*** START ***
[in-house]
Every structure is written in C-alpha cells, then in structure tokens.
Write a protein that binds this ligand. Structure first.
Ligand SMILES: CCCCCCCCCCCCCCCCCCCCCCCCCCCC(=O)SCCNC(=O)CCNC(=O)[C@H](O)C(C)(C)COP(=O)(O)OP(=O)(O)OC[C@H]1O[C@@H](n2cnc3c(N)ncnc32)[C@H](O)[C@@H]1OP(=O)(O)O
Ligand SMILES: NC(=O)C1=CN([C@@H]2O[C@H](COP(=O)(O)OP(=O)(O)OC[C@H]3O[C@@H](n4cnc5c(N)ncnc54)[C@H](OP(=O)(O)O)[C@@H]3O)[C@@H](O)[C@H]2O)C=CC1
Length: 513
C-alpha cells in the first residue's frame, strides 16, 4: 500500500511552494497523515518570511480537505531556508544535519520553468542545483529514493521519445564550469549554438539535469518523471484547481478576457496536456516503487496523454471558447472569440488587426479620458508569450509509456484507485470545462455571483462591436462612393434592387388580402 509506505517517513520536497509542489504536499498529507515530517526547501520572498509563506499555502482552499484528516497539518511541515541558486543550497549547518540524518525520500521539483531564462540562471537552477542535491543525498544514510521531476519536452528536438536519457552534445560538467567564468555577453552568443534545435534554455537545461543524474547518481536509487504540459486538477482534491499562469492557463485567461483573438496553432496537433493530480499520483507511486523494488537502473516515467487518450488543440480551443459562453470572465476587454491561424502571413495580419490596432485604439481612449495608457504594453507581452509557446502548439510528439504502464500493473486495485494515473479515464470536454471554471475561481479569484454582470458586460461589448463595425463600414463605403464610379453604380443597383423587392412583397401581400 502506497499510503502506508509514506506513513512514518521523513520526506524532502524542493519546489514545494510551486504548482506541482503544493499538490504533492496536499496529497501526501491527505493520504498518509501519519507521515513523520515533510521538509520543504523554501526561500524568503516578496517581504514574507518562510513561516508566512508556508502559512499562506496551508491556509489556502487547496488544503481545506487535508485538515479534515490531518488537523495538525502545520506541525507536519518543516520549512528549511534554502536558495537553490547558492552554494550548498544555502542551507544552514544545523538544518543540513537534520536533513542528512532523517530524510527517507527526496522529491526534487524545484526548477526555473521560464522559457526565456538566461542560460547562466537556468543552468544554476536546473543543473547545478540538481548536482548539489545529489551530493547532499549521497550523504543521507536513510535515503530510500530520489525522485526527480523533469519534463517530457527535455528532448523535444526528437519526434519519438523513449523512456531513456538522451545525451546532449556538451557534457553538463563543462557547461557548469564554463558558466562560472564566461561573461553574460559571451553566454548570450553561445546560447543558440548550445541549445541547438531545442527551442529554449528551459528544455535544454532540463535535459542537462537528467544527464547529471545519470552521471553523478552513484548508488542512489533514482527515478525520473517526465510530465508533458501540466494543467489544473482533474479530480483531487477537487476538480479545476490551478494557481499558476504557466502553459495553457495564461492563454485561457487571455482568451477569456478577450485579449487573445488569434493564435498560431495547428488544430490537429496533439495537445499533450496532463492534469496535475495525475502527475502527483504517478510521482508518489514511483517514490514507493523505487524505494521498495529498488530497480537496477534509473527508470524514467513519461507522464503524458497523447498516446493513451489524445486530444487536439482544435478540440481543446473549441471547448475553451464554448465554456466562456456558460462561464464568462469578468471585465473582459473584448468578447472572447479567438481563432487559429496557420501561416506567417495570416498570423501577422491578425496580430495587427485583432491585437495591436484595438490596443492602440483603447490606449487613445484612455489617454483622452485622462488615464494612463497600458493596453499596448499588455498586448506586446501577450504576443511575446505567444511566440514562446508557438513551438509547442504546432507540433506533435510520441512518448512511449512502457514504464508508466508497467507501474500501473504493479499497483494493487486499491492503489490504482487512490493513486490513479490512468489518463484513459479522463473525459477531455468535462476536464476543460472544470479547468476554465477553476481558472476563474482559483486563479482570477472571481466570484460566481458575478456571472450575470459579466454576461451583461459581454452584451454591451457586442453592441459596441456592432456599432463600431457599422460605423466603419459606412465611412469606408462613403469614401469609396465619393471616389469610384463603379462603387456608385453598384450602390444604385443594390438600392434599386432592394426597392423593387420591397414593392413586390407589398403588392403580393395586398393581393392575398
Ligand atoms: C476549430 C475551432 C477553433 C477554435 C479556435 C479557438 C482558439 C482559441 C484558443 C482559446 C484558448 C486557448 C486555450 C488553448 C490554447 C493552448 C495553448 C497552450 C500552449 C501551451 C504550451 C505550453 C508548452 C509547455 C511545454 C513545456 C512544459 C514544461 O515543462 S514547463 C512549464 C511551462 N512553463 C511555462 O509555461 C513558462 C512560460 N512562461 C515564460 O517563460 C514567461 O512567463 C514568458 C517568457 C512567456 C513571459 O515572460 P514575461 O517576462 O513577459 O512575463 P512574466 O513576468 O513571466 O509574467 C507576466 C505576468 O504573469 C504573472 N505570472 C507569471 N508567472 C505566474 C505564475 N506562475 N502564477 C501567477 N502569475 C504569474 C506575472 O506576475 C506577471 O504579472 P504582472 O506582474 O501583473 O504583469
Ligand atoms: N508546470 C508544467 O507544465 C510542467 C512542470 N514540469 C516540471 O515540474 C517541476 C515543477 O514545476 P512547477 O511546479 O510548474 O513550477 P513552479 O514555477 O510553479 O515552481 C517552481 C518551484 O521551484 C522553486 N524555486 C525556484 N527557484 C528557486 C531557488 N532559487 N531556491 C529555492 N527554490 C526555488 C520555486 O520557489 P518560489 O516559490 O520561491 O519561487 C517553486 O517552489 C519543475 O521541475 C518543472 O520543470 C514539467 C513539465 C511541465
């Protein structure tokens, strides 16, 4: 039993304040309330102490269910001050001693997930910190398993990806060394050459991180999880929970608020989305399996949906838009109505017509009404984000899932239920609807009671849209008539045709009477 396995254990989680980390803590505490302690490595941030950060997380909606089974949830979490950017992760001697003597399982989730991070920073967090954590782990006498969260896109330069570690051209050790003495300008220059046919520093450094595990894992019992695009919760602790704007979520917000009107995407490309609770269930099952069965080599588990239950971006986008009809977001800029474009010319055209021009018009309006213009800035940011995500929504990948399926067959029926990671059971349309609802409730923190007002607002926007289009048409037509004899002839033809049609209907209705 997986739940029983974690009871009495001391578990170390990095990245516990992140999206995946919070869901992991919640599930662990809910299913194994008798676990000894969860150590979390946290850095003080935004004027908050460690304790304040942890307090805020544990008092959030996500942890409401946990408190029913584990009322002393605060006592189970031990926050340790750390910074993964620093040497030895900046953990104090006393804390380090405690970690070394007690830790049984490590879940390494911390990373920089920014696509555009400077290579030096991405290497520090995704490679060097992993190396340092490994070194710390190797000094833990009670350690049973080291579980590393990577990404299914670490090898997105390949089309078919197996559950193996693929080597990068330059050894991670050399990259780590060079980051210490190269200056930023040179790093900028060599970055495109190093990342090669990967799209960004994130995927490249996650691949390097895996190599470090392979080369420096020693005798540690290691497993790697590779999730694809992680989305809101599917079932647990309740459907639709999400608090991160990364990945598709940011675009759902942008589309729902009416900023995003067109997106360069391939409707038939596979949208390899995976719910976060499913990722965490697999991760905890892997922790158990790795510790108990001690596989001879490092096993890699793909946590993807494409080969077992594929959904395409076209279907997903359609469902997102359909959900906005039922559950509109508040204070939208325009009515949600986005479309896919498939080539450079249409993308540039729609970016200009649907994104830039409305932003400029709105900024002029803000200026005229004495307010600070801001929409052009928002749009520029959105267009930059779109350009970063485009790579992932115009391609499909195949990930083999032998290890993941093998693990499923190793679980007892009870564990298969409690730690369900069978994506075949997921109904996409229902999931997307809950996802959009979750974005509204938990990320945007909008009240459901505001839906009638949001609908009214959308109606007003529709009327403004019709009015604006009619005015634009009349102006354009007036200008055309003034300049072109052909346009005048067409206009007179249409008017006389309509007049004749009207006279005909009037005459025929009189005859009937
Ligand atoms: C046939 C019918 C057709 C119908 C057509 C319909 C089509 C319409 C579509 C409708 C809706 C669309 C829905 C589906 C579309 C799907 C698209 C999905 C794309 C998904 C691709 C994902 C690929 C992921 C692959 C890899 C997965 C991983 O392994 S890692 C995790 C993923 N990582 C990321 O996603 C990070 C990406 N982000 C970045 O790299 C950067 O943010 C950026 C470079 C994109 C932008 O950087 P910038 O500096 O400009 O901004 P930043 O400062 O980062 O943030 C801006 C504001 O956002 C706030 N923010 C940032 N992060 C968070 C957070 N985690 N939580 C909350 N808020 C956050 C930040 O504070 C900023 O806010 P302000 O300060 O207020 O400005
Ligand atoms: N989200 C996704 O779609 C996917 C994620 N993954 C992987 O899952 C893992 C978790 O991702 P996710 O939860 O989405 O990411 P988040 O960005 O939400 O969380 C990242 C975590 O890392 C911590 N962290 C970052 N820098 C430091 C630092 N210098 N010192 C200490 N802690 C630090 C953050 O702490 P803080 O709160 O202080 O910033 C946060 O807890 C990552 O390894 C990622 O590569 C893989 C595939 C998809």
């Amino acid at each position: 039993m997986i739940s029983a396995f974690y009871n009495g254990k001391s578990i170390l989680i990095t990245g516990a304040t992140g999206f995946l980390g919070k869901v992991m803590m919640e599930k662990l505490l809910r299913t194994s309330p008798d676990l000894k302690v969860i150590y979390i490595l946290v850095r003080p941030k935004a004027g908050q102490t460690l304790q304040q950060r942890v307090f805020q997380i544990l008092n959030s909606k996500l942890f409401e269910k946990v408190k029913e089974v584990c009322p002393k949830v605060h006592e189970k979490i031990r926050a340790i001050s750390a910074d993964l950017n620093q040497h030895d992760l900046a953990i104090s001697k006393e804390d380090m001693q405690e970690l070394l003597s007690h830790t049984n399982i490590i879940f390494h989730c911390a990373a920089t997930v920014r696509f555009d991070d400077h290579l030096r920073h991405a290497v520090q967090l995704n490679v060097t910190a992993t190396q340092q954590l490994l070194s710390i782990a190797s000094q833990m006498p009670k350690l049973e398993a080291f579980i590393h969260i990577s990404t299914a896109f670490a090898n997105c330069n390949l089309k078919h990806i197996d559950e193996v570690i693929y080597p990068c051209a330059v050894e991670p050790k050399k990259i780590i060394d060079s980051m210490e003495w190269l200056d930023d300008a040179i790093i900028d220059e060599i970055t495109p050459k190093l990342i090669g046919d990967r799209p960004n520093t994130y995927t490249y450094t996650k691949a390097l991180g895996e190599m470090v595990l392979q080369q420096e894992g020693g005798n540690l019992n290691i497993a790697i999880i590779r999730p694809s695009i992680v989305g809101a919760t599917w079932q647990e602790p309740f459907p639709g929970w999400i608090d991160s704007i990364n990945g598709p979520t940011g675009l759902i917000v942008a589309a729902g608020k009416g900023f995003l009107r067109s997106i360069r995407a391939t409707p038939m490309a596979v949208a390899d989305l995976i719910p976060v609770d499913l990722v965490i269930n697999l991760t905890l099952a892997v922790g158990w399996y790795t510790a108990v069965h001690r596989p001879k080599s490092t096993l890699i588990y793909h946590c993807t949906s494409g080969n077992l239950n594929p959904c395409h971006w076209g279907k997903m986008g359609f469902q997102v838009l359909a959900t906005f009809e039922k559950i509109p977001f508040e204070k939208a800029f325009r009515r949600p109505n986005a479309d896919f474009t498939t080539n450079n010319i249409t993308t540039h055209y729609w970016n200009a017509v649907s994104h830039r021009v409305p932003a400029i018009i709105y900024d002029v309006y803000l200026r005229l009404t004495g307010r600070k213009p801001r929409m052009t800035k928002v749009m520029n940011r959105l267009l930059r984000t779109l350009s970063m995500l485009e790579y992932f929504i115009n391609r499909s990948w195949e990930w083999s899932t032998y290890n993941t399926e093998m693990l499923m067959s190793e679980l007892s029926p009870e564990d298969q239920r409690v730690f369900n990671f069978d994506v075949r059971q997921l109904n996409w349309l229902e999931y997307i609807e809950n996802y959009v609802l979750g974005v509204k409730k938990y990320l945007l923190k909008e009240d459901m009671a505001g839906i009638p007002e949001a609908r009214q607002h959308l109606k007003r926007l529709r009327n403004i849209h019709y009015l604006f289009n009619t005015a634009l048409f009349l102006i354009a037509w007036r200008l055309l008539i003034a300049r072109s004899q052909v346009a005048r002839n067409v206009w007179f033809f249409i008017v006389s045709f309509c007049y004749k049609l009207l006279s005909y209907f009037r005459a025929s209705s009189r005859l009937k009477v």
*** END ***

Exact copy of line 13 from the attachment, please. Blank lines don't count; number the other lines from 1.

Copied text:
């Amino acid at each position: 039993m997986i739940s029983a396995f974690y009871n009495g254990k001391s578990i170390l989680i990095t990245g516990a304040t992140g999206f995946l980390g919070k869901v992991m803590m919640e599930k662990l505490l809910r299913t194994s309330p008798d676990l000894k302690v969860i150590y979390i490595l946290v850095r003080p941030k935004a004027g908050q102490t460690l304790q304040q950060r942890v307090f805020q997380i544990l008092n959030s909606k996500l942890f409401e269910k946990v408190k029913e089974v584990c009322p002393k949830v605060h006592e189970k979490i031990r926050a340790i001050s750390a910074d993964l950017n620093q040497h030895d992760l900046a953990i104090s001697k006393e804390d380090m001693q405690e970690l070394l003597s007690h830790t049984n399982i490590i879940f390494h989730c911390a990373a920089t997930v920014r696509f555009d991070d400077h290579l030096r920073h991405a290497v520090q967090l995704n490679v060097t910190a992993t190396q340092q954590l490994l070194s710390i782990a190797s000094q833990m006498p009670k350690l049973e398993a080291f579980i590393h969260i990577s990404t299914a896109f670490a090898n997105c330069n390949l089309k078919h990806i197996d559950e193996v570690i693929y080597p990068c051209a330059v050894e991670p050790k050399k990259i780590i060394d060079s980051m210490e003495w190269l200056d930023d300008a040179i790093i900028d220059e060599i970055t495109p050459k190093l990342i090669g046919d990967r799209p960004n520093t994130y995927t490249y450094t996650k691949a390097l991180g895996e190599m470090v595990l392979q080369q420096e894992g020693g005798n540690l019992n290691i497993a790697i999880i590779r999730p694809s695009i992680v989305g809101a919760t599917w079932q647990e602790p309740f459907p639709g929970w999400i608090d991160s704007i990364n990945g598709p979520t940011g675009l759902i917000v942008a589309a729902g608020k009416g900023f995003l009107r067109s997106i360069r995407a391939t409707p038939m490309a596979v949208a390899d989305l995976i719910p976060v609770d499913l990722v965490i269930n697999l991760t905890l099952a892997v922790g158990w399996y790795t510790a108990v069965h001690r596989p001879k080599s490092t096993l890699i588990y793909h946590c993807t949906s494409g080969n077992l239950n594929p959904c395409h971006w076209g279907k997903m986008g359609f469902q997102v838009l359909a959900t906005f009809e039922k559950i509109p977001f508040e204070k939208a800029f325009r009515r949600p109505n986005a479309d896919f474009t498939t080539n450079n010319i249409t993308t540039h055209y729609w970016n200009a017509v649907s994104h830039r021009v409305p932003a400029i018009i709105y900024d002029v309006y803000l200026r005229l009404t004495g307010r600070k213009p801001r929409m052009t800035k928002v749009m520029n940011r959105l267009l930059r984000t779109l350009s970063m995500l485009e790579y992932f929504i115009n391609r499909s990948w195949e990930w083999s899932t032998y290890n993941t399926e093998m693990l499923m067959s190793e679980l007892s029926p009870e564990d298969q239920r409690v730690f369900n990671f069978d994506v075949r059971q997921l109904n996409w349309l229902e999931y997307i609807e809950n996802y959009v609802l979750g974005v509204k409730k938990y990320l945007l923190k909008e009240d459901m009671a505001g839906i009638p007002e949001a609908r009214q607002h959308l109606k007003r926007l529709r009327n403004i849209h019709y009015l604006f289009n009619t005015a634009l048409f009349l102006i354009a037509w007036r200008l055309l008539i003034a300049r072109s004899q052909v346009a005048r002839n067409v206009w007179f033809f249409i008017v006389s045709f309509c007049y004749k049609l009207l006279s005909y209907f009037r005459a025929s209705s009189r005859l009937k009477v």